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Extended-release ADHD drugs beat placebo.

MIAMI -- A classroom study comparing three extended-release forms of methylphenidate with placebo for treating attention-deficit hyperactivity disorder showed that Ritalin LA was superior for improving attention and behavior, Dr. Raul R. Silva reported at the annual meeting of the American Academy of Child and Adolescent Psychiatry.

Stimulants are the most popular form of treatment for attention-deficit hyperactivity disorder (ADHD) in children, and methylphenidate is the most prescribed. However, with a half-life of 2-3 hours, multiple doses are necessary during the school day. Recently, the Food and Drug Administration approved several extended-release forms with the brand names Concerta, Metadate CD, and Ritalin LA. The primary difference among the agents is how they release methylphenidate over time.

Dr. Silva and his colleagues compared Concerta 18 mg, Concerta 36 mg, and Ritalin LA 20 mg vs. placebo in a classroom of 36 children (29 males, 7 females), aged 6-12 years. All had ADHD and were previously stabilized with methylphenidate. Participants were randomized to receive a single dose of one of the three treatments or placebo on day 7 and then crossed over to the others on days 14, 21, and 28. On other days, the participants took their maintenance methylphenidate (up to 20 mg daily).

"This is one of the few head-to-head trials," said Dr. Silva, deputy director of the division of child and adolescent psychiatry at Bellevue Hospital Center, New York.

The study was sponsored by Novartis, manufacturer of Ritalin LA, and published in Paediatric Drugs (5[8]:545-55, 2003).

Blinded observers measured efficacy during the 8-hour school day using the Swanson, Kotkin, Agler, M-Flynn and Pelham Rating Scale (SKAMP), which includes eight attention items and five deportment items.

A rating of 0 is normal and 6 is maximum impairment, so lower scores or negative changes reflect improvement.

In the first 4 hours, the mean change in SKAMP-Attention score vs. baseline was significantly better with Ritalin LA (-2.48), compared with Concerta 18 mg (-1.36) or Concerta 36 mg (-1.55). Similarly, at 8 hours, the mean change was significantly better with Ritalin LA (-4.48), compared with Concerta 18 mg (-2.72) and Concerta 36 mg (-3.24). All three active treatments were significantly superior to placebo. Mean changes were calculated using area-under-the-curve measures.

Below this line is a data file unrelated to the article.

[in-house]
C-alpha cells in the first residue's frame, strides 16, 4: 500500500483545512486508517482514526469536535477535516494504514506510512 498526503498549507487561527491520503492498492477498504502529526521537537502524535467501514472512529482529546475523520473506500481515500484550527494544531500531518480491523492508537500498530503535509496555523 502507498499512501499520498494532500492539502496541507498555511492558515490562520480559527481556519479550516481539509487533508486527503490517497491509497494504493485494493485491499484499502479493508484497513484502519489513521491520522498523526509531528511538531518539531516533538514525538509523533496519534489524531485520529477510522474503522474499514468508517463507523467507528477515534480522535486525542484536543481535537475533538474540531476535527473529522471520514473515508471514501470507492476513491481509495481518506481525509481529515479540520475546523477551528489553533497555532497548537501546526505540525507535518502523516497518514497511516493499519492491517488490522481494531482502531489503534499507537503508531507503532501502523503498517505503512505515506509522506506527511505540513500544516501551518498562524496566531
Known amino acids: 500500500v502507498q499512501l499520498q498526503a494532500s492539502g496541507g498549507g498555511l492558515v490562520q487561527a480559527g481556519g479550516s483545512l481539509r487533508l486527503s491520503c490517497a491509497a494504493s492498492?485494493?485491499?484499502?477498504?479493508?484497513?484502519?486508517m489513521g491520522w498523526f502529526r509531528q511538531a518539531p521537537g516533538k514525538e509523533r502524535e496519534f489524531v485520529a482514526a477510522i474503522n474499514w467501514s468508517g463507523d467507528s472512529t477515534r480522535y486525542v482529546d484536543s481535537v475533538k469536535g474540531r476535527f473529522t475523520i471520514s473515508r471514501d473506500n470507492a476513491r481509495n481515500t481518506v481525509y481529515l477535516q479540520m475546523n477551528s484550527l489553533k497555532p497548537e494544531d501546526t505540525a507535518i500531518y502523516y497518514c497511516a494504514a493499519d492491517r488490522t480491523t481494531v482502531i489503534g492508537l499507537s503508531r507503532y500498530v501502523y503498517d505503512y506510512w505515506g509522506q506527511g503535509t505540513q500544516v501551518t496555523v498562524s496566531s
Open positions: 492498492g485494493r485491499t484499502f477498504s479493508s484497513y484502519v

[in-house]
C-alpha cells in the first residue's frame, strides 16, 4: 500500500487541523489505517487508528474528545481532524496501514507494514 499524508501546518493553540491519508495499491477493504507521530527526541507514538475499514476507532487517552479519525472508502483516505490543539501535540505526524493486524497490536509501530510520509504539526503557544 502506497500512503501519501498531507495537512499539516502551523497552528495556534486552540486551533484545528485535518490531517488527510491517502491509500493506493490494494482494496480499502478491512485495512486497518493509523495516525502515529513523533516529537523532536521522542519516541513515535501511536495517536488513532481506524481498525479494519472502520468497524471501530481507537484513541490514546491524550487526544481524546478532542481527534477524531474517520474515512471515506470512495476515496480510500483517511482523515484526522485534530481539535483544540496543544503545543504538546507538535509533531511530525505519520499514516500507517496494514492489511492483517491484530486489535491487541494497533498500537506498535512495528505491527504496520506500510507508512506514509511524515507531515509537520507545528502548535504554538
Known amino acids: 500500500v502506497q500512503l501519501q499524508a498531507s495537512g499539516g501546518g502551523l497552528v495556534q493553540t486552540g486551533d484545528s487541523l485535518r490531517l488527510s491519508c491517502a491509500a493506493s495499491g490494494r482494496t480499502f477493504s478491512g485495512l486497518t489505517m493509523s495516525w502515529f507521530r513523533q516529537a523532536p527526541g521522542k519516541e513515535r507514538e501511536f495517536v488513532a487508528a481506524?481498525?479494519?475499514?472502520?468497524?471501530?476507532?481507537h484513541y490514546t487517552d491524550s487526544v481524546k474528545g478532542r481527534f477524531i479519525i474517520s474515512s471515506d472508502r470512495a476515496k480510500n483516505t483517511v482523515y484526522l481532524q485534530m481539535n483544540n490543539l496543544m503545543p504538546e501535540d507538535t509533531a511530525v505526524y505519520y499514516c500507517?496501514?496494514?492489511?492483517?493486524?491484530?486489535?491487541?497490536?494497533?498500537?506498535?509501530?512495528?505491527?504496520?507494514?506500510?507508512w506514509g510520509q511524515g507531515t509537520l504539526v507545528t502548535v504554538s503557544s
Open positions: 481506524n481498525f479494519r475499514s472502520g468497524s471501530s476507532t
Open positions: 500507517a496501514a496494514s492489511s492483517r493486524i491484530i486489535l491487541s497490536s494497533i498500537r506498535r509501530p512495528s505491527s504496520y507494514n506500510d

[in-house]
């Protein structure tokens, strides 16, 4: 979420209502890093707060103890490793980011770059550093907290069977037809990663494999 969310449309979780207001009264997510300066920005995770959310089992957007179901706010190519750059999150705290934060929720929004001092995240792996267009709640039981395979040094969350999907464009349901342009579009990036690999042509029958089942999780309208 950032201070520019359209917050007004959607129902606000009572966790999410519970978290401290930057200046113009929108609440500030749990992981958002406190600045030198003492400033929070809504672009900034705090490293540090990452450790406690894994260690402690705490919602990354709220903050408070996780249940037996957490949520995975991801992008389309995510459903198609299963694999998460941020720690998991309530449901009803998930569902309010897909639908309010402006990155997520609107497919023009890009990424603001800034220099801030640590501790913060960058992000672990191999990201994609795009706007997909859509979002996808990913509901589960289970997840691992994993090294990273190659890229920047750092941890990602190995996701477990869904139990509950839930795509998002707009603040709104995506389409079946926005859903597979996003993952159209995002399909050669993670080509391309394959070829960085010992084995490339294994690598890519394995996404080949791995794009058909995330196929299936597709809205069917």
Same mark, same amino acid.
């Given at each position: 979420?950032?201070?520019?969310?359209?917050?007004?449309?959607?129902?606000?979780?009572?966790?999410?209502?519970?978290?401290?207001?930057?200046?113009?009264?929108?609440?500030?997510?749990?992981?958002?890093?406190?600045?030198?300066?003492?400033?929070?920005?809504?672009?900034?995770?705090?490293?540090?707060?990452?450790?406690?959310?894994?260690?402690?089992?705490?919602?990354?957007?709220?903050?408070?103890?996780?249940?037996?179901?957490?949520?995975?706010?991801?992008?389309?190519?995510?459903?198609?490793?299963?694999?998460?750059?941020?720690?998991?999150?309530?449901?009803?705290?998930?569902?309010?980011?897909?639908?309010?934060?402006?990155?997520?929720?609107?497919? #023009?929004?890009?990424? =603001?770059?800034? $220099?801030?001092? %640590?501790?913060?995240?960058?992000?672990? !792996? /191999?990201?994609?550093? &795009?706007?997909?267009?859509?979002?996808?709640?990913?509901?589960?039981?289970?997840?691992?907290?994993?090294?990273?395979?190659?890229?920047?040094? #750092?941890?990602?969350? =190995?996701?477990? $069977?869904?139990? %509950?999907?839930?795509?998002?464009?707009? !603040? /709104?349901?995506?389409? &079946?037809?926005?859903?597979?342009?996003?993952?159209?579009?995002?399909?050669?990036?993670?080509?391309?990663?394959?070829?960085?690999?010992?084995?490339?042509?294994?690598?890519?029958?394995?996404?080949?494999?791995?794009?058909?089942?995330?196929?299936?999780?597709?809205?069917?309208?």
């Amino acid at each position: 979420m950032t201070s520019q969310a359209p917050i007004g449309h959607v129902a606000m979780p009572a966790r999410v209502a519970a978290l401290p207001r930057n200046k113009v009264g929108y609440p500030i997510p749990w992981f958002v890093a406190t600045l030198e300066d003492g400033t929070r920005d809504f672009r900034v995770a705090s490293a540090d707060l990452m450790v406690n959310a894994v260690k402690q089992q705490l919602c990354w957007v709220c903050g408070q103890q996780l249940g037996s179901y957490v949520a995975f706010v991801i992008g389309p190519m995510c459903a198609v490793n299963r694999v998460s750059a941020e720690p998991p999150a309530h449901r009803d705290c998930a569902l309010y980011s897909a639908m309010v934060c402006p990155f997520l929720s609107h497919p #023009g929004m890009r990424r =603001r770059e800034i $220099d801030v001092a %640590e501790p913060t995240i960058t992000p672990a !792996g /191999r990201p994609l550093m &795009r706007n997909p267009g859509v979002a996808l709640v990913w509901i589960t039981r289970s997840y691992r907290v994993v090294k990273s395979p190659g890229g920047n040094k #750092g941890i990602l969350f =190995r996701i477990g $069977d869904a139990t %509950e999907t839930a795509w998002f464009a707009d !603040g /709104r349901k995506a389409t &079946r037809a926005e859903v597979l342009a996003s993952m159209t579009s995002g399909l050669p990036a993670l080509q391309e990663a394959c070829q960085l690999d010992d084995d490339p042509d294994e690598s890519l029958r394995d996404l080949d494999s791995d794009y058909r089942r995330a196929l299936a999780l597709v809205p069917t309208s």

Changes in mean SKAMP-Deportment scores favored Ritalin LA at 4 and 8 hours. At 4 hours, Ritalin scores vs. baseline (-1.67) were superior to Concerta 18 mg (-0.28) and Concerta 36 mg (-0.55). Similarly, at 8 hours, scores were better with Ritalin LA (-2.81) than with Concerta 18 mg (-0.82) or Concerta 36 mg (-1.34).

The active treatments were well tolerated. There was one report of abdominal pain with Ritalin LA, one report of nau-sea with Concerta 18 mg, and one report of dyspnea with Concerta 36 mg. All adverse events were mild and resolved during the study.

When asked which agent he would choose, Dr. Silva said it "depends on the child." He suggested asking patients with ADHD how they fare during the afternoon or if they have difficulty doing homework.

"If you need control in hour 7, 8, or 9, with Ritalin LA there is control early in the morning with some carryover effects," he said.


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Title Annotation:Child/Adolescent Psychiatry
Author:McNamara, Damian
Publication:Clinical Psychiatry News
Date:Feb 1, 2004
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